Commerce Commission tinkers with telco charging regime

The devil's in the details, however, warns Telecom

The Commerce Commission has released a draft determination on the review of voice call interconnection charges that Telecom and TelstraClear applied for under the Telecommunications Act 2001.

Both telcos applied to the Commission for a review of the present $0.0113 per minute interconnection charge, which is what fixed-line operators pay each other for landing calls on their respective networks. The application was made in November 2002.

The Commission's draft determination sets the interconnection charge at one cent per minute but added that the reduced charge will apply retrospectively from June 2002. Telecom and TelstraClear will be asked to reimburse each other for any overpayment during that period, the Commission says.

The Commission will now hold a conference on the issue and release a final determination at a date yet to be set.

In a separate announcement, following months of wrangling, the Commission has finally nailed down the guiding principles for working out the costs that will be used to calculate the discounts TelstraClear and other access seekers will get when reselling Telecom's products and services.

Currently, access seekers get up to 16% discount on services such as Jetstream, but only 2% on price-capped services like the home line rental. The former figure was determined by the Commerce Commission with the help of international benchmarks, and the latter set out in the Telecommunications Act of 2001. TelstraClear, which is currently reselling Telecom's services, applied last year for a review of the discounts under the Telecommunications Act, as executive Rosemary Howard said the 2% margin was too small.

Asked what effect the principles would have on the discounts, the Commission's network and access manager, Osmond Borthwick, says the principles describe at a high level the costs that are avoided by Telecom when it resells services to access seekers. Borthwick adds that the principles will underpin the calculations in the Commission's draft determination, due out middle this year, which will replace the existing discounts. However, Borthwick won't be drawn on how much exactly the discounts would change.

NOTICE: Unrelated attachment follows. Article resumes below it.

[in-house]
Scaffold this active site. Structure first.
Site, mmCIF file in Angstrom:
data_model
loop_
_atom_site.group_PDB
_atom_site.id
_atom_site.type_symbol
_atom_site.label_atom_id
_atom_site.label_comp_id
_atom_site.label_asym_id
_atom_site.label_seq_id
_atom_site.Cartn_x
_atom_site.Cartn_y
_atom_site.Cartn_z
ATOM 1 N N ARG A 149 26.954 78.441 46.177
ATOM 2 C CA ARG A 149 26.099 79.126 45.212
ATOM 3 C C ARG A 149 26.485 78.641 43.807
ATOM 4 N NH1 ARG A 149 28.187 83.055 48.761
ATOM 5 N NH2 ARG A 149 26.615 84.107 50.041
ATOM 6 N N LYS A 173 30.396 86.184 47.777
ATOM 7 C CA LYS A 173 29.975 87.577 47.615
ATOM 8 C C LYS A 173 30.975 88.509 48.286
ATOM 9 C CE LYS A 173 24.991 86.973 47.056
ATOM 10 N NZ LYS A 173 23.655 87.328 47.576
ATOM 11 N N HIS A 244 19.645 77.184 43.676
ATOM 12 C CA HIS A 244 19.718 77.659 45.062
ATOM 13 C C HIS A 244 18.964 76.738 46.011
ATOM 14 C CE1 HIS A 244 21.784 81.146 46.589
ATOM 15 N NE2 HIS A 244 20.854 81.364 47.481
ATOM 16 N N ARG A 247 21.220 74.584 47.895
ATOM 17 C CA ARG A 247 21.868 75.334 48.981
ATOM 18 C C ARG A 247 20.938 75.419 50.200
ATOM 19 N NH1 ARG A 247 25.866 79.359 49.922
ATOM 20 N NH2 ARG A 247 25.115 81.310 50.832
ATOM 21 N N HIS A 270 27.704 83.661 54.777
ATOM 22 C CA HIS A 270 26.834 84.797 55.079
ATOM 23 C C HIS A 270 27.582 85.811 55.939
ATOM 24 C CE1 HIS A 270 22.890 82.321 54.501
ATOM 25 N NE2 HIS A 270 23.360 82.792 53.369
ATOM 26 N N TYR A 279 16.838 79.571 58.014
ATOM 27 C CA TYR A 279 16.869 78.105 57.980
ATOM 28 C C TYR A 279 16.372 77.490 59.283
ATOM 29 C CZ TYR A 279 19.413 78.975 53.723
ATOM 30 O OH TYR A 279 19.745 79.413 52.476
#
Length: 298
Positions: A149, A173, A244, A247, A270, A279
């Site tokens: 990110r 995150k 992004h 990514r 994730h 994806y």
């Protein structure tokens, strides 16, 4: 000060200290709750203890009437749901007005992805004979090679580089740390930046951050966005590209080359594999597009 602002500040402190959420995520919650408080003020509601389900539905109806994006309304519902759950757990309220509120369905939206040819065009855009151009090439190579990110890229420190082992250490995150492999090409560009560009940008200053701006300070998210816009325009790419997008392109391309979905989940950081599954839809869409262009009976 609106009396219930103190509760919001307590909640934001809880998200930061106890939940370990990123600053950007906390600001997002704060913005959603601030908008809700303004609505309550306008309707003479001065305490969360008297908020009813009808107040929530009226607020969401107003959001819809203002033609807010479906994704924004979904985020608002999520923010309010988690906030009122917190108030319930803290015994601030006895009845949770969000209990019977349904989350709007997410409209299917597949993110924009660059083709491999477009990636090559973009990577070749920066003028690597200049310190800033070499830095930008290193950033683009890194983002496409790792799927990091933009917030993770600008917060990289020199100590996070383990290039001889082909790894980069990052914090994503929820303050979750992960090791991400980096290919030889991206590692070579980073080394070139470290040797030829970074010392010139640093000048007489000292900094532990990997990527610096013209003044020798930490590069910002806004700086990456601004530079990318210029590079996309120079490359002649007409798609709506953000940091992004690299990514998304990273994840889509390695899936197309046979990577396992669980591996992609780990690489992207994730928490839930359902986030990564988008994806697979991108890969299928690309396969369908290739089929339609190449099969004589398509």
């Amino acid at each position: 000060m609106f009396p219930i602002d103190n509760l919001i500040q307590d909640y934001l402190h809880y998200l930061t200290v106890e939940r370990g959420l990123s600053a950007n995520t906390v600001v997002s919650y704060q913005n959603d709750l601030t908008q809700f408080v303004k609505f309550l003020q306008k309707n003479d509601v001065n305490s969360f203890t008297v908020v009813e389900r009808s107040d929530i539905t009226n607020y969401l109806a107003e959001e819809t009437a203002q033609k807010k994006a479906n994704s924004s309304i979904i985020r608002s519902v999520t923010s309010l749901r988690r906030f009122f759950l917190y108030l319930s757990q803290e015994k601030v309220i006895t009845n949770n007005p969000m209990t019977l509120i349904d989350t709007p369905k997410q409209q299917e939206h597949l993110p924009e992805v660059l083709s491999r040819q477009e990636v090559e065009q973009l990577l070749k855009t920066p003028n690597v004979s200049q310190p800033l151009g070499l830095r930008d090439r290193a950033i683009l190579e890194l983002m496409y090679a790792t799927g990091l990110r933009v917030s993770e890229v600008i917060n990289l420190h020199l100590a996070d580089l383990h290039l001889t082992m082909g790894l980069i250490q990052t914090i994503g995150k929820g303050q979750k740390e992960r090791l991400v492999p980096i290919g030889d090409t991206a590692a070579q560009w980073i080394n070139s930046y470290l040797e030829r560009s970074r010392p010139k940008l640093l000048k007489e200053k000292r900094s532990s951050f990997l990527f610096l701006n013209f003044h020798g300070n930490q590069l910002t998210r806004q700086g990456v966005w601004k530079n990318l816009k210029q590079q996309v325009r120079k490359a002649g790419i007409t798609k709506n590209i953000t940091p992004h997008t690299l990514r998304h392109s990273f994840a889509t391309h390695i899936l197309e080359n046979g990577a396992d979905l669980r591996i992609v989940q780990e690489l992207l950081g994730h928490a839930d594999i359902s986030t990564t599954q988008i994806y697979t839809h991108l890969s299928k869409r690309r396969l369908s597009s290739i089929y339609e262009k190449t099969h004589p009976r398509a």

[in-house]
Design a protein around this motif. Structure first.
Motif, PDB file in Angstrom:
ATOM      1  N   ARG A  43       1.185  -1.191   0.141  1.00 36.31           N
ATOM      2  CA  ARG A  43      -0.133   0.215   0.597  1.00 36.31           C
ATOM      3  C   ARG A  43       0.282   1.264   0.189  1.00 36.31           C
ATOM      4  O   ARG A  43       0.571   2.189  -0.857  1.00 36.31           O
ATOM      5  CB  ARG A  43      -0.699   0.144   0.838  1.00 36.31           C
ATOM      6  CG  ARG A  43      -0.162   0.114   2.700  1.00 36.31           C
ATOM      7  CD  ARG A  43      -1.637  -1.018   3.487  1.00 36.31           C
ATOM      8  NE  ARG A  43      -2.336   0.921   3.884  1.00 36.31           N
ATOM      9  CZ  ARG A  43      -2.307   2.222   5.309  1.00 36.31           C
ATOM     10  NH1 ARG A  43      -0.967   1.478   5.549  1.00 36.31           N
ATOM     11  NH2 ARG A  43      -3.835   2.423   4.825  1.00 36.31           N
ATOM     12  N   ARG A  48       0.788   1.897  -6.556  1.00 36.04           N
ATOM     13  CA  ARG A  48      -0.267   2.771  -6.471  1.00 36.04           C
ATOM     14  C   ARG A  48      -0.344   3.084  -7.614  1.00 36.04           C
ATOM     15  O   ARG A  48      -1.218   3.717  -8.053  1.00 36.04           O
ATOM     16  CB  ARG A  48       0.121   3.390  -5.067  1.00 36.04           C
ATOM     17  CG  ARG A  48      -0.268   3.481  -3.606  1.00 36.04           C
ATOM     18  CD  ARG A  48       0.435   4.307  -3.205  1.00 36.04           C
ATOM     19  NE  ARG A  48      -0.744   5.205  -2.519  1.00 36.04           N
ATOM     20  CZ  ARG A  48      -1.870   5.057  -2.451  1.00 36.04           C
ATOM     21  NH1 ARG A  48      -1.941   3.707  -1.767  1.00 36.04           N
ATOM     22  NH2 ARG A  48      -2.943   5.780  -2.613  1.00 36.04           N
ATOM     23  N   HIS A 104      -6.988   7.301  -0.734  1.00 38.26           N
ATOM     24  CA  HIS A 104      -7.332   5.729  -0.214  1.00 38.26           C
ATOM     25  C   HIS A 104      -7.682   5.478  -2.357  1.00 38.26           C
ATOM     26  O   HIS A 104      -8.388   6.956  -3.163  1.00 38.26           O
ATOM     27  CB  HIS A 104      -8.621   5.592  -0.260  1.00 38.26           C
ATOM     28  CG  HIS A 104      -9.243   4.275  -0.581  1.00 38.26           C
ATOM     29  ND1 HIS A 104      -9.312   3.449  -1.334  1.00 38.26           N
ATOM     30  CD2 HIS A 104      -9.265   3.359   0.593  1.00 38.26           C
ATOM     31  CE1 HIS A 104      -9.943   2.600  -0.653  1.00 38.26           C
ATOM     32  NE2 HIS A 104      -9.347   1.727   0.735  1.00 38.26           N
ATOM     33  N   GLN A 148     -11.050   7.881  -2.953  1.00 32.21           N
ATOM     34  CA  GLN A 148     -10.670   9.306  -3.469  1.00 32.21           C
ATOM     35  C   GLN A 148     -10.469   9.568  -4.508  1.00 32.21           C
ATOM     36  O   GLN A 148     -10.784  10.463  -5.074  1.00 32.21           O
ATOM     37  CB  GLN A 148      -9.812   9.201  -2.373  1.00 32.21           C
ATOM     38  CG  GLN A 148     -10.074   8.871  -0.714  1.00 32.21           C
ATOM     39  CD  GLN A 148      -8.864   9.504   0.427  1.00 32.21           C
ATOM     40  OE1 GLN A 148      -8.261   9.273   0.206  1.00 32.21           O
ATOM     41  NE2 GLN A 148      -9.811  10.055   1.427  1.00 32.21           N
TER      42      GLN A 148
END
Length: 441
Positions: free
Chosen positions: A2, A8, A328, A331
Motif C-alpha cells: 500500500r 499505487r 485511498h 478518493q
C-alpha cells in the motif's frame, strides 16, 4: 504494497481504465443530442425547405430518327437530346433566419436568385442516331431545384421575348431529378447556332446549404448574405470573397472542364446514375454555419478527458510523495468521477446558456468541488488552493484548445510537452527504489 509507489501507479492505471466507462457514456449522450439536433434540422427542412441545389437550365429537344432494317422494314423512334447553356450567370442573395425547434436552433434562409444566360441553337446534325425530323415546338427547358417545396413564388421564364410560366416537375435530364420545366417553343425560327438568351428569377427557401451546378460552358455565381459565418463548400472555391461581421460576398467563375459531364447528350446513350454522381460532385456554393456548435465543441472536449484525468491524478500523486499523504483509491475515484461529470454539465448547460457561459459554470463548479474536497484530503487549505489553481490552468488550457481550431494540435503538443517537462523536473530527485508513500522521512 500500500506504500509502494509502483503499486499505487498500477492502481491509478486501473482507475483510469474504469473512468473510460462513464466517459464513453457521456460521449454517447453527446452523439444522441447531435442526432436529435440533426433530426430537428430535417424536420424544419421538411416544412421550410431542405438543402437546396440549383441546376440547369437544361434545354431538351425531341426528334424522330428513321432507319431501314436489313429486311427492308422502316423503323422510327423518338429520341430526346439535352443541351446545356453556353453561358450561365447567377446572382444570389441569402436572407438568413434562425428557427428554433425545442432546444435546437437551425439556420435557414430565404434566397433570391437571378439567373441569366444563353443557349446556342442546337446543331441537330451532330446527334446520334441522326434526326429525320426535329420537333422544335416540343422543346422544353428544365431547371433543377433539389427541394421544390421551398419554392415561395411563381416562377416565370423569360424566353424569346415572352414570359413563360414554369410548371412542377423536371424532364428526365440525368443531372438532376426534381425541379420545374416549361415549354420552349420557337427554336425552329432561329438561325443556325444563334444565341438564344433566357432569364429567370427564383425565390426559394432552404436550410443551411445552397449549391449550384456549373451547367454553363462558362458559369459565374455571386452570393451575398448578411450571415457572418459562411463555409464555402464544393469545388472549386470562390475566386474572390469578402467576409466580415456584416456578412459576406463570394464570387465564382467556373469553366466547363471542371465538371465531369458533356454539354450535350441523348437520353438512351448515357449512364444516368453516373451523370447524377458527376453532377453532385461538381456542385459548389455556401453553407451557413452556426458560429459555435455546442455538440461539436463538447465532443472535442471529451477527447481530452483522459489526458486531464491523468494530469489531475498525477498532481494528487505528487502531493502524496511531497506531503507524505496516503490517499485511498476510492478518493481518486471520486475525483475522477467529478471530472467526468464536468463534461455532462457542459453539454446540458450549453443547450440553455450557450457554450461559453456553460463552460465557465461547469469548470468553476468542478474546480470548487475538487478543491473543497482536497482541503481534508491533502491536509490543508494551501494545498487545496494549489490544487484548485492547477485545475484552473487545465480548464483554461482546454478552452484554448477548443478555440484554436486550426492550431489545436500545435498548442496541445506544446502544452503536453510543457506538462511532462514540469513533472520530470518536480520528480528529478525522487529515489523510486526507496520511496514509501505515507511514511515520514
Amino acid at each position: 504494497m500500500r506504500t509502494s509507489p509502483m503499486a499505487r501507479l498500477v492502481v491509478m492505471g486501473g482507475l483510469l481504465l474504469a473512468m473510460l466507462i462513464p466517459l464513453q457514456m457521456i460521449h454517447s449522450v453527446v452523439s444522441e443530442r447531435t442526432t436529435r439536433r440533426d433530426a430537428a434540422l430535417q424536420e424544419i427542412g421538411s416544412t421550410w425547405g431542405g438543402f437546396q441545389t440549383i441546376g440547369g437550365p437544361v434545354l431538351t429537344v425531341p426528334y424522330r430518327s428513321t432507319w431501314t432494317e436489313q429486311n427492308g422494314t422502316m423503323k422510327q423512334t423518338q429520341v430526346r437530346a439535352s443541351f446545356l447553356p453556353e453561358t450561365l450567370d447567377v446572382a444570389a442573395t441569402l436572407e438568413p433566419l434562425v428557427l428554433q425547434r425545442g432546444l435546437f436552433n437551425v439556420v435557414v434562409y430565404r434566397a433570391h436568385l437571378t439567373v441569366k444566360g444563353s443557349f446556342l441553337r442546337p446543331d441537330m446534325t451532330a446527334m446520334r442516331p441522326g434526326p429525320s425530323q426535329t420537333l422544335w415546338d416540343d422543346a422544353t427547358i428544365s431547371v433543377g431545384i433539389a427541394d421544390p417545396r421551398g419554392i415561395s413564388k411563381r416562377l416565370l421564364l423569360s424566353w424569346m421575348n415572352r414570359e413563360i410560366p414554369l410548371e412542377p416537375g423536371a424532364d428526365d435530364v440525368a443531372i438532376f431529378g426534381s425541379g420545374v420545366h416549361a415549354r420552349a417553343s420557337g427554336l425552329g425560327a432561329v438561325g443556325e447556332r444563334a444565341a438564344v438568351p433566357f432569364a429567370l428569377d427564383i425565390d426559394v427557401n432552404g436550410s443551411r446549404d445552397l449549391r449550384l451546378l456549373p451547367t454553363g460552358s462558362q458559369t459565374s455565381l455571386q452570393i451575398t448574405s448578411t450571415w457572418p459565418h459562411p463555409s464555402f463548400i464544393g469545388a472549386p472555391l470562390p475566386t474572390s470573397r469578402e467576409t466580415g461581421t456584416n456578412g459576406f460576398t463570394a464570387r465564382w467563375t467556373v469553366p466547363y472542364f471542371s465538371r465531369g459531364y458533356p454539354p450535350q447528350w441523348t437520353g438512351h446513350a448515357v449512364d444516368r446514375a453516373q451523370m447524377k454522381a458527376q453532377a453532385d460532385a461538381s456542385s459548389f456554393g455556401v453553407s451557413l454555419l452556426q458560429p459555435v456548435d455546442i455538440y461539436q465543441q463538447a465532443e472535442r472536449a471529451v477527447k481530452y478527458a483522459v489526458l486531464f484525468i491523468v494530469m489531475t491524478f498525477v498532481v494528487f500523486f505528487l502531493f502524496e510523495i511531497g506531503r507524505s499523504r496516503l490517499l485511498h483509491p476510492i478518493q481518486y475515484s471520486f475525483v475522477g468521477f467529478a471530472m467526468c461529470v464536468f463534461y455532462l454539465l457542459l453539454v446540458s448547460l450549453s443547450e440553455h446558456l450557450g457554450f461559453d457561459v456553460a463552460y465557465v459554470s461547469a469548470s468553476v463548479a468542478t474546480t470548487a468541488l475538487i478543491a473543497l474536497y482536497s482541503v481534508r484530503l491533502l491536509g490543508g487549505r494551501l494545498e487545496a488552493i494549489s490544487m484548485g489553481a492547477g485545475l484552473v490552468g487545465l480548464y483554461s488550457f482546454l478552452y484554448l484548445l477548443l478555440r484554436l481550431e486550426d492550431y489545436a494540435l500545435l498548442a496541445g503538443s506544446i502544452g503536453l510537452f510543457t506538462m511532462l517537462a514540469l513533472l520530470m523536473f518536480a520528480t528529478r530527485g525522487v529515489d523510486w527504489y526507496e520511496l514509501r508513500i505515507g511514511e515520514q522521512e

TelstraClear spokesman Mathew Bolland says the telco engaged leading international economists to interpret the cost principles under the Act and says the new principles are a step tworards a sensible wholesale discount. TelstraClear is pleased that the time and effort it has expended on the issue has resulted in things progressing, Bolland adds, and says the telco is looking forward to establishing appropriate pricing so that it can offer an alternative to Telecom in areas where it doesn't currently have a network.

However, Bolland wasn't able to say how much the principles will affect the resale discounts it would get.

Telecom's government relations manager Bruce Parkes says the new document is better than the initial paper which was used for determining the existing resale discounts. He says that Telecom doesn't expect the discount rates to change materially, however, and adds that the 2% margin reflects the value access seekers are providing.

"Telecom does 98% of the work," Parkes says, adding that TelstraClear's contribution is nothing more than "licking the stamps on the envelopes" with bills to its customers.

"The devil's in the details," Parkes cautions, with large chunks of cost allocations still to be determined.

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